I watched both ‘Mom's Night Out' and 'God's Not Dead' this afternoon. In MNO, I laughed harder than I have in a long time, I cried like a baby, and for the first time ever watching a faith-based film, I didn't roll my eyes once. It is an excellent movie. This is the difference between having a faith-based film where the talented actors happen to be Christians and not just a bunch of Christians that can (kind-of) act. The message of the film was something that everyone (even non-Christians) can get behind: that moms work hard and that we can put too much pressure on ourselves to be perfect. As a single mom, I know this more than anyone. I beat myself up on a daily basis for the fact that I have to work full-time and I feel guilty all the time that my son has to go to daycare. I feel like a failure as a mother all the time. Just like Ally (the main character), I look at those perfect moms when I am at church or dropping my kid off at school and go, “Well yeah. If I had a nanny and didn’t have to work, I wouldn’t have bags under my eyes either.”
The message was universal which is what made the plot totally work. That and the fact that every mom has been in situations like that at one point or another in their life. The faith of the characters came out of it organically (i.e. their belief that that we don't have to be perfect for Jesus to love us) but it was not the point of the film (that moms are awesome and occasionally need a break). The message of moms unconditionally loving their kids, no matter how hard they are to take care of, is an allegory for God’s love toward us, so it came out of the plot organically. Metaphor is powerful and anyone who has read Tolkien or Lewis knows that. This is different from other faith-based films that go in with an agenda to share the gospel, and throw together a poorly-written/edited movie as the vehicle to present it to the audience. An example of this would be the other movie I watched, 'God’s Not Dead’.
As an apologist, I was EXCITED for ‘God’s Not Dead’. I had a similar idea as a college student a decade ago and even wrote a five-page treatment for a short film idea, revolving around a college student who defended their faith to an Atheist professor. Of course it never got made, because it requires this thing called “money”. The biggest beef that most reviewers had was the harshness of the Atheist professor. They said it wasn’t realistic. That didn’t bug me because I went to a secular school and that happened to me. I would argue with my biology teacher at high school about Evolution until I was blue in the face. He would be condescending to me, act like I was ignorant because I believed in God, and handed me a giant stack of papers, filled with Bible contradictions and told me that if I could answer them all, he would listen to me. That’s actually how I started to find apologetics (I became obsessed with answering them) and when I ran into him a year or so ago at a debate, I thanked him for challenging me because it made me the equipped Christian I am today. Unfortunately, he is an Atheist to this day (reality check- not everyone who hears the evidence for God accepts it as truth.) Because of my own experience, I did think that the scenes between Shane Harper and Kevin Sorbo were pretty good. I could have watched two hours of just them as they had great chemistry onscreen. And I do think, despite what some snobs in the apologetics world think, Dr. Rice Broocks chose some great material for the debate.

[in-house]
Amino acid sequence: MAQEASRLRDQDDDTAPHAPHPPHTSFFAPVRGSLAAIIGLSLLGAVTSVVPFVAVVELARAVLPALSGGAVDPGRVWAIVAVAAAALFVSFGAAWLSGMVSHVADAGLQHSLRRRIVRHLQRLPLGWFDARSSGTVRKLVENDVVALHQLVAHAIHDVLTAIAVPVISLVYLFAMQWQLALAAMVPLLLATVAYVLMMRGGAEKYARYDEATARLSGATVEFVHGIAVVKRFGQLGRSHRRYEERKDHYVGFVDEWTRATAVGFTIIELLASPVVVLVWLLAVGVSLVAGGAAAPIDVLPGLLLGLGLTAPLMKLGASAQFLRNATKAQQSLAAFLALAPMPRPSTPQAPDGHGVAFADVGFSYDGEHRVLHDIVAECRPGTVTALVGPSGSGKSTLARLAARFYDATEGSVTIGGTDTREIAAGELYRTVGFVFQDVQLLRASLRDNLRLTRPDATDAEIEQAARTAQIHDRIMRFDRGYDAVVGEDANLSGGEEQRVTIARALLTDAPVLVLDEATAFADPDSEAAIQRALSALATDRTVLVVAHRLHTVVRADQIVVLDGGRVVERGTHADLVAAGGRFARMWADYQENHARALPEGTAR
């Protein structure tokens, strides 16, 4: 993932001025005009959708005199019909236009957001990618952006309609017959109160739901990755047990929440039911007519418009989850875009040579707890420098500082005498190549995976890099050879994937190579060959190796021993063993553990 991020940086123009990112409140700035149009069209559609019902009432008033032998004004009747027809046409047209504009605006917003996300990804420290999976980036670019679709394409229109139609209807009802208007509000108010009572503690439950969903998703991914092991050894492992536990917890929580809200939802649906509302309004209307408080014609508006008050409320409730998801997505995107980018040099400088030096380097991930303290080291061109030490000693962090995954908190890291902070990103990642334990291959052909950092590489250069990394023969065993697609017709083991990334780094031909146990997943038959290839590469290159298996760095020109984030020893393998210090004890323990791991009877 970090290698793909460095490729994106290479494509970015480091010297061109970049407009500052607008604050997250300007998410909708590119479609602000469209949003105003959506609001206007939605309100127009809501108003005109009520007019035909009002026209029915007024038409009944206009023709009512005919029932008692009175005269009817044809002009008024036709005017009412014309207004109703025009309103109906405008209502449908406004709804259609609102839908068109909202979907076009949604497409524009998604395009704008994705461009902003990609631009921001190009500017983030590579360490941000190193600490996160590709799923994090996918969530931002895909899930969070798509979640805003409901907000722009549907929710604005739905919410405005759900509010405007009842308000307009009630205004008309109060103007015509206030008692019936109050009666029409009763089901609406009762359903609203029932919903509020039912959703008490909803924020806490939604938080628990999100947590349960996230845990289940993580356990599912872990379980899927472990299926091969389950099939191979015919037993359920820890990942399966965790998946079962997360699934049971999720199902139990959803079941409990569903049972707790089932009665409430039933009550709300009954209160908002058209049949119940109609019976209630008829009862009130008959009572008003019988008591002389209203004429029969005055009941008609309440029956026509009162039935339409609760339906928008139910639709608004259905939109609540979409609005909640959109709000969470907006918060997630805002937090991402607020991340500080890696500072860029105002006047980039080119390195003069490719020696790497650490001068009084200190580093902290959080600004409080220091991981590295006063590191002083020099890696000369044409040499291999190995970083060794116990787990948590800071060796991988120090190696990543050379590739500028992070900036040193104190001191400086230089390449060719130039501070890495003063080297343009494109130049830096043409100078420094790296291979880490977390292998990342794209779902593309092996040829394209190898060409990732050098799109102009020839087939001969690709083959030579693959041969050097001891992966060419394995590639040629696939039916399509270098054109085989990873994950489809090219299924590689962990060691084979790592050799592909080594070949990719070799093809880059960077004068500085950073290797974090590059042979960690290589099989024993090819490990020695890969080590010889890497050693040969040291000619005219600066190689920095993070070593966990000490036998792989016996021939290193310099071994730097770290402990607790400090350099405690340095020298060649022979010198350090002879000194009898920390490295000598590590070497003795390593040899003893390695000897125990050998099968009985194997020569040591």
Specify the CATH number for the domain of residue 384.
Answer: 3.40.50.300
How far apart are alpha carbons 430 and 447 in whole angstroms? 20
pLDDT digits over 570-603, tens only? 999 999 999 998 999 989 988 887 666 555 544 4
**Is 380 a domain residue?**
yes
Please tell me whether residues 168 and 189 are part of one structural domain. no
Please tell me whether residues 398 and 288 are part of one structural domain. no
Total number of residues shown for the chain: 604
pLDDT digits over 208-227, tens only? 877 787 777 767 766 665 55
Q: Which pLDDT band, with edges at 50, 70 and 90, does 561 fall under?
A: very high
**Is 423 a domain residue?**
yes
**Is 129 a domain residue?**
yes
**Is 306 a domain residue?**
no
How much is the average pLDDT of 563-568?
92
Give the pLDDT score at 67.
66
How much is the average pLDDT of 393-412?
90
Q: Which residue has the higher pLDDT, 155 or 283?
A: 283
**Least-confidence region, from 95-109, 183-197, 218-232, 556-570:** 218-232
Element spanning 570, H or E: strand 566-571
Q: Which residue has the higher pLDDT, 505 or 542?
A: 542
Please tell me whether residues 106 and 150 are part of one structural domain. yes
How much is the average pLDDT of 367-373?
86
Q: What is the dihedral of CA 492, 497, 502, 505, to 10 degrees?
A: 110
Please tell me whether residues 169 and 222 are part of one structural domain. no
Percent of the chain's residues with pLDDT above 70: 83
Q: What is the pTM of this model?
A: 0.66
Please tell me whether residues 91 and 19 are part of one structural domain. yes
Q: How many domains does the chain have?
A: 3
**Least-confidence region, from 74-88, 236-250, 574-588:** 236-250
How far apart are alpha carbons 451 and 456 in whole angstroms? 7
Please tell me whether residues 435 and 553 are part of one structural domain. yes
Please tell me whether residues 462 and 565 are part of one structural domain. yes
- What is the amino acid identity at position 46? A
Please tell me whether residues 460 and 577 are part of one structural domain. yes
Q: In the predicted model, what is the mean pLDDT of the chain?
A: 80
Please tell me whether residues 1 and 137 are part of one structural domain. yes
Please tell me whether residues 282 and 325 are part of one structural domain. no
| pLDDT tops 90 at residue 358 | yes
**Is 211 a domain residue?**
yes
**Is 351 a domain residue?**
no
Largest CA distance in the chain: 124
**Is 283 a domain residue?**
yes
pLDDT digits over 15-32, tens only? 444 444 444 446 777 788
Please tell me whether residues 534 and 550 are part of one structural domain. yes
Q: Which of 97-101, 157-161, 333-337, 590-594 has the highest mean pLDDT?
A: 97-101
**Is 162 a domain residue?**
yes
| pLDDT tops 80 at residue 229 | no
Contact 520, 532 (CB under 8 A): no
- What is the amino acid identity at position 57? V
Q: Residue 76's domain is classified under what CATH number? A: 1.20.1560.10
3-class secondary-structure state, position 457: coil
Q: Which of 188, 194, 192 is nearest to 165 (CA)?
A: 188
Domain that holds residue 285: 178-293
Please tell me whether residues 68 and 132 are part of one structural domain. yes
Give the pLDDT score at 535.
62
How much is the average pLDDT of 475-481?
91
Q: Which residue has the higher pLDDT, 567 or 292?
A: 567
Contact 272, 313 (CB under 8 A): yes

So what bugged me the most about ‘God’s Not Dead’ (the film) was not the professor’s attitude but the odd cutting back and forth between scenes and cramming in of too many storylines (I always follow my own version of K.I.S.S. – keep it stupid-simple when trying to get a point across). The rest of the movie seemed like it was pointless and unnecessary and just a bunch of appeals to emotion. Also, the fact that EVERY student stood up at the end. It elicited the emotional response it was hoping for, I mean I was grinning ear to ear as an apologist, but it was unrealistic and unbelievable. You could be Ravi Zacharias (who in my opinion is one of the greatest living apologists) and still not every person leaving your lecture will have become a Christian (which is why I appreciate the last scene with Dean Cain's character tossing the cellphone in the backseat, it felt like an action his character would have actually done.)
One huge issue I have with faith-based films is that they don’t portray reality. They portray what they want to happen in a perfect world where everyone who hears the Gospel receives it, not what actually would happen. If truth is that which corresponds to reality, and we are sharing truth, should we not try and reflect reality as much as possible? In Art and the Bible, Francis Schaeffer said that, “The Christian is the one whose imagination should fly beyond the stars”. Our stuff should be the best stuff out there because as Christians, we are studying and emulating the greatest Storyteller of all time. Let us reflect God's effect on reality. Life is hard and not perfect, but we can have hope because He is enough. Let us be real, leave mediocrity behind as Christians in the arts, and start striving for greatness. Kudos to Patricia Heaton and ‘Mom’s Night Out’ for doing exactly that.